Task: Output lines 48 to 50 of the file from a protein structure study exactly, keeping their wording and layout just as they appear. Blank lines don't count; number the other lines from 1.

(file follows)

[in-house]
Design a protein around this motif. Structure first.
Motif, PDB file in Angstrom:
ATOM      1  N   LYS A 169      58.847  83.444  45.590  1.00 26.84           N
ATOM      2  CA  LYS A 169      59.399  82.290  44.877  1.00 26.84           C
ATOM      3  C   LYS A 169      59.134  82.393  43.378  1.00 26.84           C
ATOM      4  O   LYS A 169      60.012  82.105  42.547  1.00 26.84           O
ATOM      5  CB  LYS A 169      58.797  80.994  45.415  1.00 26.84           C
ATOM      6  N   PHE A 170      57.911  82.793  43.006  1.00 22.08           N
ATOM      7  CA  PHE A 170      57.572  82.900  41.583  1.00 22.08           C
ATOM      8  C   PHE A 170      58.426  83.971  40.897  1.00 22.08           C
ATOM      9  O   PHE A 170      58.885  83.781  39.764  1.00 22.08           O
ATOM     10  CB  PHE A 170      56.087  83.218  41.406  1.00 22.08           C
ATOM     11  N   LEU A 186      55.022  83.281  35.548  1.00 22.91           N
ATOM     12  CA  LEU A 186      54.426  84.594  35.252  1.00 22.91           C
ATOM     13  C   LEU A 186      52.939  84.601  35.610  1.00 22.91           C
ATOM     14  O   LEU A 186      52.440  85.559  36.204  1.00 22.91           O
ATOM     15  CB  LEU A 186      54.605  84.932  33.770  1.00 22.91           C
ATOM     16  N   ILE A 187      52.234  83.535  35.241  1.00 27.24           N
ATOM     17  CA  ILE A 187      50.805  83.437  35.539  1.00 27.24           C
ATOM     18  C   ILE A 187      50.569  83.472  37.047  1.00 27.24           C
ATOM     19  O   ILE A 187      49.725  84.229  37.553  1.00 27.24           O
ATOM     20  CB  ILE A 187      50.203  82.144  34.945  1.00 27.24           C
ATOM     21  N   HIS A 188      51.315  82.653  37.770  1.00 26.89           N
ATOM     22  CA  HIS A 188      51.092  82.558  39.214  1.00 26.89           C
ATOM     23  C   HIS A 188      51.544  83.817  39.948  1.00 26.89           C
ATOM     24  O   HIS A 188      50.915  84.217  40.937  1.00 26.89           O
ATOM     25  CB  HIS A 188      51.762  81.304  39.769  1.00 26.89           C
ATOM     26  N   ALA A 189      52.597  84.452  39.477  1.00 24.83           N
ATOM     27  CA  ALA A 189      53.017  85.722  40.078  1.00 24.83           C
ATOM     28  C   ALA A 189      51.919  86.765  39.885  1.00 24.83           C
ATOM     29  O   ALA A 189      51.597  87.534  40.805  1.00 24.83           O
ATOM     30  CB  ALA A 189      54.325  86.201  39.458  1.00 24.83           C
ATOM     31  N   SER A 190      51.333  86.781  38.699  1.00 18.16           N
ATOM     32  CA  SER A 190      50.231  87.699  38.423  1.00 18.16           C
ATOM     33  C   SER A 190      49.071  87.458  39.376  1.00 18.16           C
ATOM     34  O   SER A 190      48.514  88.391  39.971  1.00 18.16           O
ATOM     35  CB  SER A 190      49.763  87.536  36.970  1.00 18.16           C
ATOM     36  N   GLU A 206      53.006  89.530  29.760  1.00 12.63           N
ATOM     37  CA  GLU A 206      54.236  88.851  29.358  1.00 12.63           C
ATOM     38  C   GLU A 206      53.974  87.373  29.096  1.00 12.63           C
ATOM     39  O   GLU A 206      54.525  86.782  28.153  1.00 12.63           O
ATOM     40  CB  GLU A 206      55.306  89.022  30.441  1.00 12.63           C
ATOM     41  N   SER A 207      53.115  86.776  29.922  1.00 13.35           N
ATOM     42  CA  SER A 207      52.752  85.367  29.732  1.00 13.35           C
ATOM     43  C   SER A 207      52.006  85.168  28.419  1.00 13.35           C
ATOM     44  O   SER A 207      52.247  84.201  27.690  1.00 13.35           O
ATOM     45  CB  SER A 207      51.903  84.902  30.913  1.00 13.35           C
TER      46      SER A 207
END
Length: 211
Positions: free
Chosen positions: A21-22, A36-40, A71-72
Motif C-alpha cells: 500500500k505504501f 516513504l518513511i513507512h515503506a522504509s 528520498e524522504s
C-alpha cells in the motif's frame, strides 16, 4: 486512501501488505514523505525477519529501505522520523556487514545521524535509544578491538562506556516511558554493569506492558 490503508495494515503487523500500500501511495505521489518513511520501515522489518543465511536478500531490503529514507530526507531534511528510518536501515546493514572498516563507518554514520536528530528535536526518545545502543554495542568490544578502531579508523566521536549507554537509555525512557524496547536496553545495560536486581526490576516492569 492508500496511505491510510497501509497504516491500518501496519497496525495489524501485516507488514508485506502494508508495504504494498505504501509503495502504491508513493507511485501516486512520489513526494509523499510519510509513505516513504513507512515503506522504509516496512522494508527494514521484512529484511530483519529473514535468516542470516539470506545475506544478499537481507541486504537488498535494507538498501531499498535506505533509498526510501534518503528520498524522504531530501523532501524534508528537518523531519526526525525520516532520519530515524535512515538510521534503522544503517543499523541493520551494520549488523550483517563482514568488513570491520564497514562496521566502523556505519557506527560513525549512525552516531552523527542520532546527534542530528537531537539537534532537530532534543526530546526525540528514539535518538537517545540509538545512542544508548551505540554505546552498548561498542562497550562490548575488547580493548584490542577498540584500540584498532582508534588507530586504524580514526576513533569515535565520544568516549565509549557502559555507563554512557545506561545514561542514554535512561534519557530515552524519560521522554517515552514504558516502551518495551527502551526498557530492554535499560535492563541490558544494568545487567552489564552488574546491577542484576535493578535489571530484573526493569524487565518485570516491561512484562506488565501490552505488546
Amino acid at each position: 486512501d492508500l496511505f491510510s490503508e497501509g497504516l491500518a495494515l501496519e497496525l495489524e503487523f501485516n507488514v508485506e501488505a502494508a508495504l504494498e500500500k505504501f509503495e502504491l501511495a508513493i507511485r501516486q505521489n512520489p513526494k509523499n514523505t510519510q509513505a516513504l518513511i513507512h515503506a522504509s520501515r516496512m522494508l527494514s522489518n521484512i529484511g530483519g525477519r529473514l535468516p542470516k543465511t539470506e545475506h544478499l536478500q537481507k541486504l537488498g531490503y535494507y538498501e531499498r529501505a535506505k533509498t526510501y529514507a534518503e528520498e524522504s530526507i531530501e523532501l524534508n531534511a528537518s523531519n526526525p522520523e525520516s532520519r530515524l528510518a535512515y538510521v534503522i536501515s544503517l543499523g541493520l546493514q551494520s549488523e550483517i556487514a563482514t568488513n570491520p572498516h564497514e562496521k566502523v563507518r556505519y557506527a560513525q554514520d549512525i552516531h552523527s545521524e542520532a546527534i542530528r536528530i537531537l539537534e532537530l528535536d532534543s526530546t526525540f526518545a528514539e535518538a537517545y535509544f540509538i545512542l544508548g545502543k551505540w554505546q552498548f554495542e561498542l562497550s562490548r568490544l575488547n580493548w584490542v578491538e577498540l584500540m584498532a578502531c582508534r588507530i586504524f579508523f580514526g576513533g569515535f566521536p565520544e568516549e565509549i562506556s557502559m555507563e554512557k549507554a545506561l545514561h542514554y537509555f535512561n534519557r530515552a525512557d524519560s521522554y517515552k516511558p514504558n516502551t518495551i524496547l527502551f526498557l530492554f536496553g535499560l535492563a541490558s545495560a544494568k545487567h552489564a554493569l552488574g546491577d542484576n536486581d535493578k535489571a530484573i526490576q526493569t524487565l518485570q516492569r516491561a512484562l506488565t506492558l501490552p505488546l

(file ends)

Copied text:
ATOM     45  CB  SER A 207      51.903  84.902  30.913  1.00 13.35           C
TER      46      SER A 207
END